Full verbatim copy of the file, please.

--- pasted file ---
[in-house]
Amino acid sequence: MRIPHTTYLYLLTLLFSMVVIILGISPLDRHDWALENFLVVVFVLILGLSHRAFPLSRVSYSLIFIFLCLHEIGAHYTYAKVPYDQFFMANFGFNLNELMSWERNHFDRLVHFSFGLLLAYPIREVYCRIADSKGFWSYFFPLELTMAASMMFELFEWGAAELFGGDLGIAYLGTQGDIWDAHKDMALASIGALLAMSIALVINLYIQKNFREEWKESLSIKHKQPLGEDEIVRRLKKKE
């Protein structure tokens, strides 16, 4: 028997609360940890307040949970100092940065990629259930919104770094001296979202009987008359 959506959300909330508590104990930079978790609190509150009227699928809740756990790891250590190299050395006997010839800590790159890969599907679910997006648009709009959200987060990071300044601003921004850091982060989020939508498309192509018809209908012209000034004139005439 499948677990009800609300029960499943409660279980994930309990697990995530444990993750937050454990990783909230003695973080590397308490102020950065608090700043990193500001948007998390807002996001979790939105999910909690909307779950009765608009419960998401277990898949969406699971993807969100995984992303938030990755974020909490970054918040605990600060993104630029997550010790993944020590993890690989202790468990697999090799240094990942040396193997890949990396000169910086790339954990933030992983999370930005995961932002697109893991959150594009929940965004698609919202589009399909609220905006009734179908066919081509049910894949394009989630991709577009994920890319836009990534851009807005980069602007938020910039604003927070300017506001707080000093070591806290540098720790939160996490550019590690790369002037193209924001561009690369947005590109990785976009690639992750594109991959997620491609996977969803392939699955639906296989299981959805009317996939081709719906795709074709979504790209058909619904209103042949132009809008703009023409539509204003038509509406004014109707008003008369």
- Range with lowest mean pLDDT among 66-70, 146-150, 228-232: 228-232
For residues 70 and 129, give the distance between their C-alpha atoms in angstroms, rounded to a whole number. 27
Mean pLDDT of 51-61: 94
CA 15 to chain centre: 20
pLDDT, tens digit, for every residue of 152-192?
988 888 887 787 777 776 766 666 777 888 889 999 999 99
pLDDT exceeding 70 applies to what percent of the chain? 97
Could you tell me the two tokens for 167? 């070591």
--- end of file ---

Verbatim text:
[in-house]
Amino acid sequence: MRIPHTTYLYLLTLLFSMVVIILGISPLDRHDWALENFLVVVFVLILGLSHRAFPLSRVSYSLIFIFLCLHEIGAHYTYAKVPYDQFFMANFGFNLNELMSWERNHFDRLVHFSFGLLLAYPIREVYCRIADSKGFWSYFFPLELTMAASMMFELFEWGAAELFGGDLGIAYLGTQGDIWDAHKDMALASIGALLAMSIALVINLYIQKNFREEWKESLSIKHKQPLGEDEIVRRLKKKE
């Protein structure tokens, strides 16, 4: 028997609360940890307040949970100092940065990629259930919104770094001296979202009987008359 959506959300909330508590104990930079978790609190509150009227699928809740756990790891250590190299050395006997010839800590790159890969599907679910997006648009709009959200987060990071300044601003921004850091982060989020939508498309192509018809209908012209000034004139005439 499948677990009800609300029960499943409660279980994930309990697990995530444990993750937050454990990783909230003695973080590397308490102020950065608090700043990193500001948007998390807002996001979790939105999910909690909307779950009765608009419960998401277990898949969406699971993807969100995984992303938030990755974020909490970054918040605990600060993104630029997550010790993944020590993890690989202790468990697999090799240094990942040396193997890949990396000169910086790339954990933030992983999370930005995961932002697109893991959150594009929940965004698609919202589009399909609220905006009734179908066919081509049910894949394009989630991709577009994920890319836009990534851009807005980069602007938020910039604003927070300017506001707080000093070591806290540098720790939160996490550019590690790369002037193209924001561009690369947005590109990785976009690639992750594109991959997620491609996977969803392939699955639906296989299981959805009317996939081709719906795709074709979504790209058909619904209103042949132009809008703009023409539509204003038509509406004014109707008003008369």
- Range with lowest mean pLDDT among 66-70, 146-150, 228-232: 228-232
For residues 70 and 129, give the distance between their C-alpha atoms in angstroms, rounded to a whole number. 27
Mean pLDDT of 51-61: 94
CA 15 to chain centre: 20
pLDDT, tens digit, for every residue of 152-192?
988 888 887 787 777 776 766 666 777 888 889 999 999 99
pLDDT exceeding 70 applies to what percent of the chain? 97
Could you tell me the two tokens for 167? 């070591």